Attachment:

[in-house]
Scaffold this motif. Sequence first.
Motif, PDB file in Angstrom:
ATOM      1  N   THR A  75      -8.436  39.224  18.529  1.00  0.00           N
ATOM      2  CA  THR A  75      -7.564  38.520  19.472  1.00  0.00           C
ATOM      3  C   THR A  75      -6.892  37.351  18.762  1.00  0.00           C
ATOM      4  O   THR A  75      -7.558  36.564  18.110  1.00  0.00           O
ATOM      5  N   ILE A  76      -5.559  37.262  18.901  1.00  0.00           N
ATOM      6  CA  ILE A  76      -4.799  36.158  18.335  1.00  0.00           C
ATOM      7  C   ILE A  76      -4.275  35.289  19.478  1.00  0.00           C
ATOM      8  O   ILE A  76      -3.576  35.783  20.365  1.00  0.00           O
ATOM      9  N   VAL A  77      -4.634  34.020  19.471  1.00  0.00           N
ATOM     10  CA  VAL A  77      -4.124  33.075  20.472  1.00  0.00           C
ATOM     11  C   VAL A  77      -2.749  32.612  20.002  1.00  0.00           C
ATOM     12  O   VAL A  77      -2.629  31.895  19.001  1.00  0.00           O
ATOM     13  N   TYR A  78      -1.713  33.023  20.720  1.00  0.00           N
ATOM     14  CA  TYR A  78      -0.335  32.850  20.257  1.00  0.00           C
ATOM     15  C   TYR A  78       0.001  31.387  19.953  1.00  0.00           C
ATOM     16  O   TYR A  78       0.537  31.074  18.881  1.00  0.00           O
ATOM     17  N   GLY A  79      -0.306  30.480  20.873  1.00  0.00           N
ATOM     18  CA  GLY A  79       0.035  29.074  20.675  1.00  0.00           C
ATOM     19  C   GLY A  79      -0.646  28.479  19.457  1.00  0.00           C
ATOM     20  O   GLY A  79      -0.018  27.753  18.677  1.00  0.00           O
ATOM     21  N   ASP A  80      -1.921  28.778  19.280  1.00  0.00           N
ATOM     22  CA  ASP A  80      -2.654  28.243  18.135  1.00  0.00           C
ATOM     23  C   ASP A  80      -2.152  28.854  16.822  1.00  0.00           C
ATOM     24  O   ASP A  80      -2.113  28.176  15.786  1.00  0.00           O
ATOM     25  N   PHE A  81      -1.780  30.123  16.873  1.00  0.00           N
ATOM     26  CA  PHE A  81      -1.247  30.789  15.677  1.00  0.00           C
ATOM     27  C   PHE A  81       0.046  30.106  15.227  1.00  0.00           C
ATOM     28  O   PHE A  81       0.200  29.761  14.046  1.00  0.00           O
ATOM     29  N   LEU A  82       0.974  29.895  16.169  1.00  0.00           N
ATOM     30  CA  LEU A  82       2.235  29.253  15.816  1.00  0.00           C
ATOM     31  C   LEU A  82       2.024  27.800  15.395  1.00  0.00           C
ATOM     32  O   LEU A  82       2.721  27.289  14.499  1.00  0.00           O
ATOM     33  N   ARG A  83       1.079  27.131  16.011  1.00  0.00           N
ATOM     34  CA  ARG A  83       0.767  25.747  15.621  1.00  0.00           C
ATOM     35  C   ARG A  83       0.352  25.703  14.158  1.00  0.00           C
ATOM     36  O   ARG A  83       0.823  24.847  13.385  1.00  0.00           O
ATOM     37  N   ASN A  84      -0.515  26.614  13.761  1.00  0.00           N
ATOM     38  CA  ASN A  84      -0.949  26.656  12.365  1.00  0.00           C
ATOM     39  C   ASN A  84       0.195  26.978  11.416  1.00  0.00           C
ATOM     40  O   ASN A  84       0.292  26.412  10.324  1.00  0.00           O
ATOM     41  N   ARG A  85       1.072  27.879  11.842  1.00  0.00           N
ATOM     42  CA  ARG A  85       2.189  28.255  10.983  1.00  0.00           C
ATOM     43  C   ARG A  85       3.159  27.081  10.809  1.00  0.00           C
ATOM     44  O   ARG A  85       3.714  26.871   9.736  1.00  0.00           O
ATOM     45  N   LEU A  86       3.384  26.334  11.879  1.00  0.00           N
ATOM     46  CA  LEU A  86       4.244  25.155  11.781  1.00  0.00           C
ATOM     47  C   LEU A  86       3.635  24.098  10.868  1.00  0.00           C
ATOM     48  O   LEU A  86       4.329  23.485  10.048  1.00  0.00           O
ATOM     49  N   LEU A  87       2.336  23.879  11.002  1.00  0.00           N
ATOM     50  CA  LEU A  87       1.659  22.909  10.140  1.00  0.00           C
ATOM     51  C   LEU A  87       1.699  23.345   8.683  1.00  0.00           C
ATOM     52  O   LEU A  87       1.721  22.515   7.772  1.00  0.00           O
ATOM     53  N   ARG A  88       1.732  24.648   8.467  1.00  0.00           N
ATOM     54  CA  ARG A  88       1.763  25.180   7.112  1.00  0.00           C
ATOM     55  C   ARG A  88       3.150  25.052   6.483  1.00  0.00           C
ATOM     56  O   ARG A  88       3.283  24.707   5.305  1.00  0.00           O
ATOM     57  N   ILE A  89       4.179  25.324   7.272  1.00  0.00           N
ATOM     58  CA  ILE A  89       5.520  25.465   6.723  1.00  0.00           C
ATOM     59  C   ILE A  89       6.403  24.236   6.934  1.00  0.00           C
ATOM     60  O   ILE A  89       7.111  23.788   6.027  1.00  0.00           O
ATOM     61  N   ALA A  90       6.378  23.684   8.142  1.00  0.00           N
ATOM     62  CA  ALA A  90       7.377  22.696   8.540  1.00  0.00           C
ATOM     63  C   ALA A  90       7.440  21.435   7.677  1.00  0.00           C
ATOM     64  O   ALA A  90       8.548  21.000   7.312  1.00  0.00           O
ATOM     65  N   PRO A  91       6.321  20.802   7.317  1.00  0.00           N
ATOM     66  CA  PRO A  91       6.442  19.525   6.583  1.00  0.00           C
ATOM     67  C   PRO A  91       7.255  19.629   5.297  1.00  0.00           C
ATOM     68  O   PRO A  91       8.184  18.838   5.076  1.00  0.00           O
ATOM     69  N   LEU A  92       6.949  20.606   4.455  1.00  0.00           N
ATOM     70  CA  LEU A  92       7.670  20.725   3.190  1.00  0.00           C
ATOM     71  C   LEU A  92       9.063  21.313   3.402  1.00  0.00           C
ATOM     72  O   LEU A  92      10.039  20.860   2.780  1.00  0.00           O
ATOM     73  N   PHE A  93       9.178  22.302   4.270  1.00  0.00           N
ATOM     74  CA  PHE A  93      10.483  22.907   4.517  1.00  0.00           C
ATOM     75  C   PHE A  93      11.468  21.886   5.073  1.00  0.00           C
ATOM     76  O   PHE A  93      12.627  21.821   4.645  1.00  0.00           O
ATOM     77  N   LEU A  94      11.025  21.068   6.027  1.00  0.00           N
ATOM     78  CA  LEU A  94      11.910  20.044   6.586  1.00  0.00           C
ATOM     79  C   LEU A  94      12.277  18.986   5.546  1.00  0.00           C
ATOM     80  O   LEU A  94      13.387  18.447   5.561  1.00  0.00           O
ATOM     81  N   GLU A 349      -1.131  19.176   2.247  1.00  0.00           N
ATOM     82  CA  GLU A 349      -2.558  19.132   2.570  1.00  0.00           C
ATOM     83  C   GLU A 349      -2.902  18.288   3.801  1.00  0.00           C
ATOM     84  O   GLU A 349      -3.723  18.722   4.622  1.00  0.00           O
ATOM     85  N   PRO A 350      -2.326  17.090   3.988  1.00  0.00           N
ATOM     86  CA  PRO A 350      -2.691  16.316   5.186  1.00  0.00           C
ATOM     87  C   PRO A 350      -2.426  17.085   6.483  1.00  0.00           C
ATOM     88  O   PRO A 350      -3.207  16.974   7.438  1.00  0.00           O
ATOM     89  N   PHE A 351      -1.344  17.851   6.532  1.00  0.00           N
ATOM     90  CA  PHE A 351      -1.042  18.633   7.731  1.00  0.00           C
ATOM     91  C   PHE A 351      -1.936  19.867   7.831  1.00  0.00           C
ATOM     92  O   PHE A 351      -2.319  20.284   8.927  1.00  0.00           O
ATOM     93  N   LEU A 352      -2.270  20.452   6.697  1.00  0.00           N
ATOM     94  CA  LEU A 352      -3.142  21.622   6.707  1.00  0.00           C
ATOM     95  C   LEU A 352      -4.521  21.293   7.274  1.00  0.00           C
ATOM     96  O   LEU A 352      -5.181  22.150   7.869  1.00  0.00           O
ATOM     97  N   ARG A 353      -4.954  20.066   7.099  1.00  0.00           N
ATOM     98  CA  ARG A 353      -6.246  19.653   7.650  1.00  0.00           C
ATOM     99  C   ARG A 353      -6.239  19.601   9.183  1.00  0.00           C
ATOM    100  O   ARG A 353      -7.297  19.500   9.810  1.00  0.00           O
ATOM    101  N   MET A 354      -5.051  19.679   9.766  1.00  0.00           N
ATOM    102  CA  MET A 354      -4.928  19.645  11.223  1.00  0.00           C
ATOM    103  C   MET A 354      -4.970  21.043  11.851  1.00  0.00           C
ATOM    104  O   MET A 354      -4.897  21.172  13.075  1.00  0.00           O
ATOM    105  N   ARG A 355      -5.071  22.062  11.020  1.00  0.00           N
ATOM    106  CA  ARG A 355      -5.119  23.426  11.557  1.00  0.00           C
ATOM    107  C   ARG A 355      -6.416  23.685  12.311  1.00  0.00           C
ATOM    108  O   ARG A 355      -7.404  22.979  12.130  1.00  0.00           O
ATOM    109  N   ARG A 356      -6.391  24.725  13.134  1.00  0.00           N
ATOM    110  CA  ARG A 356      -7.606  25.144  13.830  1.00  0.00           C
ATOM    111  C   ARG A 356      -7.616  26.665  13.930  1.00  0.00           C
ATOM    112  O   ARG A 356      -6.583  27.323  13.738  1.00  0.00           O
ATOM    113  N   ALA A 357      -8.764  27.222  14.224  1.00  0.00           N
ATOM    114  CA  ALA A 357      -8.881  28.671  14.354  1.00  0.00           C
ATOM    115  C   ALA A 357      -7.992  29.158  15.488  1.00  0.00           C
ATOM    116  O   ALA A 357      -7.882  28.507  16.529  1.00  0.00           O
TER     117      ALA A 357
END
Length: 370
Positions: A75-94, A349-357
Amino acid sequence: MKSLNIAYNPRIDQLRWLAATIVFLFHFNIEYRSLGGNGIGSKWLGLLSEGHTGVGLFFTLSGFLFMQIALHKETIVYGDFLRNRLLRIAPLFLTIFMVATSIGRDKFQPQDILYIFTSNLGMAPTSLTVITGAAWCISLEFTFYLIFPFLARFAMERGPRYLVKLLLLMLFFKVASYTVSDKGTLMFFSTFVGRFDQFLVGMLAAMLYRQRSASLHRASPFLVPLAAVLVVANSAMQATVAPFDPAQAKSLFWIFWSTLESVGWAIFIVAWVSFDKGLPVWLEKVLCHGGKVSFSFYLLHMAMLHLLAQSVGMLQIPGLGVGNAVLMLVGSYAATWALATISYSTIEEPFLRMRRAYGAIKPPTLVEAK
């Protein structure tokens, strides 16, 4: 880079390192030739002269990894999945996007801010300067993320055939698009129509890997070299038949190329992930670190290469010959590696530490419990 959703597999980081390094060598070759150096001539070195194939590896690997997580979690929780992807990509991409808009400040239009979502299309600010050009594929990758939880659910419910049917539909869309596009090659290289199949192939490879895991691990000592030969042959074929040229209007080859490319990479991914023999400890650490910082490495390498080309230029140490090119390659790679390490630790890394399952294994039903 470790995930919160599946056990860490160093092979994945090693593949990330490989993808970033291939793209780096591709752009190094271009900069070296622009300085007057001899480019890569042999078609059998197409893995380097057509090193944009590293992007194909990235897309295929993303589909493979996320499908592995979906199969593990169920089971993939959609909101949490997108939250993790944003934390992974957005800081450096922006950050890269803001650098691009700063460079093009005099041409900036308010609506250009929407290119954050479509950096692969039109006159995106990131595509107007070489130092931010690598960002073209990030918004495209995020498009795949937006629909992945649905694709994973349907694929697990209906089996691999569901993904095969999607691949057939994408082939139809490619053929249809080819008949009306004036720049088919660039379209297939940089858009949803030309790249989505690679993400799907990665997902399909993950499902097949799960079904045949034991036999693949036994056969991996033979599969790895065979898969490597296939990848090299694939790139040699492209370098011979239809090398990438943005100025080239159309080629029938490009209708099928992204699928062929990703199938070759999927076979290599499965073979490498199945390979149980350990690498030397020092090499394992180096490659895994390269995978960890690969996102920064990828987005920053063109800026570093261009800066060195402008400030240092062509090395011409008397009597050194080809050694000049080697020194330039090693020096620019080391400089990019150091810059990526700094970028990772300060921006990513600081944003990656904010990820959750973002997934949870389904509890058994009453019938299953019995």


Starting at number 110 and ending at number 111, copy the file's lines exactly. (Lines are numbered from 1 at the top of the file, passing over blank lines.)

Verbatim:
ATOM    107  C   ARG A 355      -6.416  23.685  12.311  1.00  0.00           C
ATOM    108  O   ARG A 355      -7.404  22.979  12.130  1.00  0.00           O